Phlebotomy (blood drawing) in a rabbit
Esther van Praag, Ph.D.
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Rabbits are easily startled and may start scratching the manipulating person or jump from the examination table during the clinical examination or a blood sample. They often jerk in response to venipuncture in the marginal vein of the ear, when the skin has not been anesthetized beforehand. As a result, rabbits should therefore be restrained in a towel, bag or laboratory coat.
For a pictorial demonstration of restraint in a towel, see: Safe immobilization of a rabbit in a towel (“rabbit burrito”)
The amount of blood needed for a blood test will determine the location where the sampling will be done. Veins are used (venipuncture (blood from the vein is used), some rare tests nevertheless require blood from the artery. Arteries, should, however, be avoided as this procedure is painful and can lead to damage and necrosis of the arterial vessel.
Amounts up to 5 ml of blood can be safely drawn from the auricular marginal vein, using a 23- to 25-gauge needle or a 23-gauge butterfly attached to a syringe or tube. It is also possible to place a catheter-over-needle.
The preparation of the skin is identical, independent of the collection method used. Before starting the sampling, the fur on the ear is shaved, and the skin is cleaned with alcohol. As the skin on the ear is very sensitive it is recommended to anesthetize the skin locally with e.g. a lidocain containing cream (e.g. EMLA®).
The creamed spot is wrapped with a plastic sheet and a protective adhesive bandage. After 45 min., the full thickness of the skin is numb. The anesthetic effect remains effective for the next 60 min.
Dilation of the vessel can be obtained by massage of the ear, approach of a heat source near the rabbit ear or by using blood vessel dilating agents, e.g. acetylpromazine (0.25 ml, SC).
After occlusion of the vein, the needle is carefully inserted and blood can be withdrawn. The procedure must be done slowly, in order to avoid hemolysis of the red blood cells (erythrocates), but should be fast enough to avoid the formation of blood clots. After removal of the needle, a cotton gauze is firmly applied on the site of venipuncture, during at least 1 minute, or until bleeding has stopped, in order to prevent the formation of hematomas and blood clots. The use of alcohol-impregnated gauze should be avoided; alcohol causess vasodilatation and prevents hemostasis.
Stain of blood on the ear can be removed with hydrogen peroxide
The rabbit should remain under observation over the next hours to ensure that hemostasis is complete.
The jugular vein can be used to collect a fairly big amount of blood. The dewlap of female rabbits does not represent a hindrance. The rabbit can be placed in several positions, in order to collect blood from the jugular vein:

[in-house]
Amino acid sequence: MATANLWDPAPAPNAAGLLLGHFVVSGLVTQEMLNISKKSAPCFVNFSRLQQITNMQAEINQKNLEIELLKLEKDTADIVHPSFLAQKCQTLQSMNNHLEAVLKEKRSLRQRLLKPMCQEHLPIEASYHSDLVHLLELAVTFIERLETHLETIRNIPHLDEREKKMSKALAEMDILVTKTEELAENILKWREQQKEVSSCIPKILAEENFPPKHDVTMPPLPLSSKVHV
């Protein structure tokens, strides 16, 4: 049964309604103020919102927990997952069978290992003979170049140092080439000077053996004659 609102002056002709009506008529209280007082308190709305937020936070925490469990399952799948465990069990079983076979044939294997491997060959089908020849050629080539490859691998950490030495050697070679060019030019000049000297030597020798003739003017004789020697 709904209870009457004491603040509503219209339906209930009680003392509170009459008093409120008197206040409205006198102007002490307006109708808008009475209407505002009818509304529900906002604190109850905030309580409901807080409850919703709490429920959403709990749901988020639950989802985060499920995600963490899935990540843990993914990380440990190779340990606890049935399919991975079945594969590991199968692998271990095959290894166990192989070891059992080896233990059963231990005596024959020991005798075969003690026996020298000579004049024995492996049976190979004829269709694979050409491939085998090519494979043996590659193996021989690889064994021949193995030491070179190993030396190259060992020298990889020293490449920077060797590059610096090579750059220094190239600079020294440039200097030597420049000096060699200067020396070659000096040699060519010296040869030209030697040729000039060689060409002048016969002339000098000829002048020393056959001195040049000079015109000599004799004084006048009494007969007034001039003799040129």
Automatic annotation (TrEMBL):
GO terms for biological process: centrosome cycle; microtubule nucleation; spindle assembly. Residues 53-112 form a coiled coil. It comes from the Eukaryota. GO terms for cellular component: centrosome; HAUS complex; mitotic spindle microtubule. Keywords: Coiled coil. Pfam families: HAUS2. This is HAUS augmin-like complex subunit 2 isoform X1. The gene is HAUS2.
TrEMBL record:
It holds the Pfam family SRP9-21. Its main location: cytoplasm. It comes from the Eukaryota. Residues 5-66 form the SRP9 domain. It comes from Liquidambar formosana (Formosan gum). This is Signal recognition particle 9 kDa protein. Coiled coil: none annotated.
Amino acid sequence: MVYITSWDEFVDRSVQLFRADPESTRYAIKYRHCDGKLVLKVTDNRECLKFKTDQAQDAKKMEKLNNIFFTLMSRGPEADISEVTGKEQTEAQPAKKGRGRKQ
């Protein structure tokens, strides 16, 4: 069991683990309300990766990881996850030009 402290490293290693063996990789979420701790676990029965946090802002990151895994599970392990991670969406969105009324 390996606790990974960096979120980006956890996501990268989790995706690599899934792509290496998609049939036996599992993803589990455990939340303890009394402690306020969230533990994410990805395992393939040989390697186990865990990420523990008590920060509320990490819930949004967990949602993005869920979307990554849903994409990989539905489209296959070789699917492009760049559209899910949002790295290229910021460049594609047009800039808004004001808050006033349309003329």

- sternal recumbency, with the neck extended upwards and the front limbs hanging over the end of the examination table;
- dorsal recumbency, after safely restraining the rabbit in a towel, and extending the neck in order to expose the jugular vein;
- lateral recumbency, with the neck extended out and the front legs pulled downward.
The jugular vein should be avoided for blood collection if the rabbit suffers from a respiratory problem or shows respiratory distress. It may become cyanotic during the procedure.
Alternate sites for blood collection are the cephalic and the lateral saphenous veins. Their locations are the same as in dogs and cats. These veins are fragile, and a hematoma is easily formed.
Collection of blood from the central artery must be avoided, unless higher volumes of blood need to be collected. This site is painful and often leads to subsequent distal ischemia, due to impairment of blood supply to the pinna after the formation of a hematoma or due to blood vessel damage (arterial trauma with thrombosis). A collapse of the vessel may, furthermore, occur when excessive pressure is exerted. If the use of the central artery cannot be avoided, the 21-gauge needle should be inserted as distally (tip of the ear) as possible into the artery. The blood should start to flow immediately in the syringe.
Thanks are due to Akira Yamanouchi (Veterinary Exotic Information Network), for the permission to his photograph.
Thanks are also due to my rabbits Grijsje, Flora and Stampi, for their patience.
Mc Guill, M.W. and Rowan, A.N. (1989) Biological effects of blood loss: implications for sampling volumes and techniques. ILAR NEWS 31, No. 4, 5-18.
Exotic Companion Medicine Handbook for Veterinarians, Cathy Johnson-Delaney and Linda Harrison
Mader DR. Rabbits - basic approach to veterinary care. In: Hillyer EV, Quesenberry KE (eds.): Ferrets, Rabbits, and Rodents - Clinical Medicine and Surgery. Philadelphia, WB Saunders, 1997: 160-168.
Paul-Murphy J, Ramer JC. Urgent care of the pet rabbit. In: Rupley AE (ed.): Vet Clin North Am (Exotic Anim Pract). Philadelphia, WB Saunders, 1998: 127-152.